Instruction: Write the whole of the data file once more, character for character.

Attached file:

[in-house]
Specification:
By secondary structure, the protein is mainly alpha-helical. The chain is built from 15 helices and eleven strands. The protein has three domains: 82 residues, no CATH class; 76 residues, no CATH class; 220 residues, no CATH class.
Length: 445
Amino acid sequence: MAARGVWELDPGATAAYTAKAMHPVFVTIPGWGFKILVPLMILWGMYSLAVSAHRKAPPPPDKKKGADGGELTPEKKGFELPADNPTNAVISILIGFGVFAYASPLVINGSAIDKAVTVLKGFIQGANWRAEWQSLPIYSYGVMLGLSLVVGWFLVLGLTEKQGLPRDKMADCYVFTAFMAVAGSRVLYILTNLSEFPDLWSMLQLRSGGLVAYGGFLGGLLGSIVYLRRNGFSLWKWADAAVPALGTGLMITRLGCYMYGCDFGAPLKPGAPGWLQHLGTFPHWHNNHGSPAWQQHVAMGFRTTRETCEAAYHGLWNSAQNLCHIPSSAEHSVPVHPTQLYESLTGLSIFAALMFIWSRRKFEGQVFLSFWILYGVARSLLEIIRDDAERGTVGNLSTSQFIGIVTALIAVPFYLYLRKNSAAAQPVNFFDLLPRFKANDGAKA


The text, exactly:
[in-house]
Specification:
By secondary structure, the protein is mainly alpha-helical. The chain is built from 15 helices and eleven strands. The protein has three domains: 82 residues, no CATH class; 76 residues, no CATH class; 220 residues, no CATH class.
Length: 445
Amino acid sequence: MAARGVWELDPGATAAYTAKAMHPVFVTIPGWGFKILVPLMILWGMYSLAVSAHRKAPPPPDKKKGADGGELTPEKKGFELPADNPTNAVISILIGFGVFAYASPLVINGSAIDKAVTVLKGFIQGANWRAEWQSLPIYSYGVMLGLSLVVGWFLVLGLTEKQGLPRDKMADCYVFTAFMAVAGSRVLYILTNLSEFPDLWSMLQLRSGGLVAYGGFLGGLLGSIVYLRRNGFSLWKWADAAVPALGTGLMITRLGCYMYGCDFGAPLKPGAPGWLQHLGTFPHWHNNHGSPAWQQHVAMGFRTTRETCEAAYHGLWNSAQNLCHIPSSAEHSVPVHPTQLYESLTGLSIFAALMFIWSRRKFEGQVFLSFWILYGVARSLLEIIRDDAERGTVGNLSTSQFIGIVTALIAVPFYLYLRKNSAAAQPVNFFDLLPRFKANDGAKA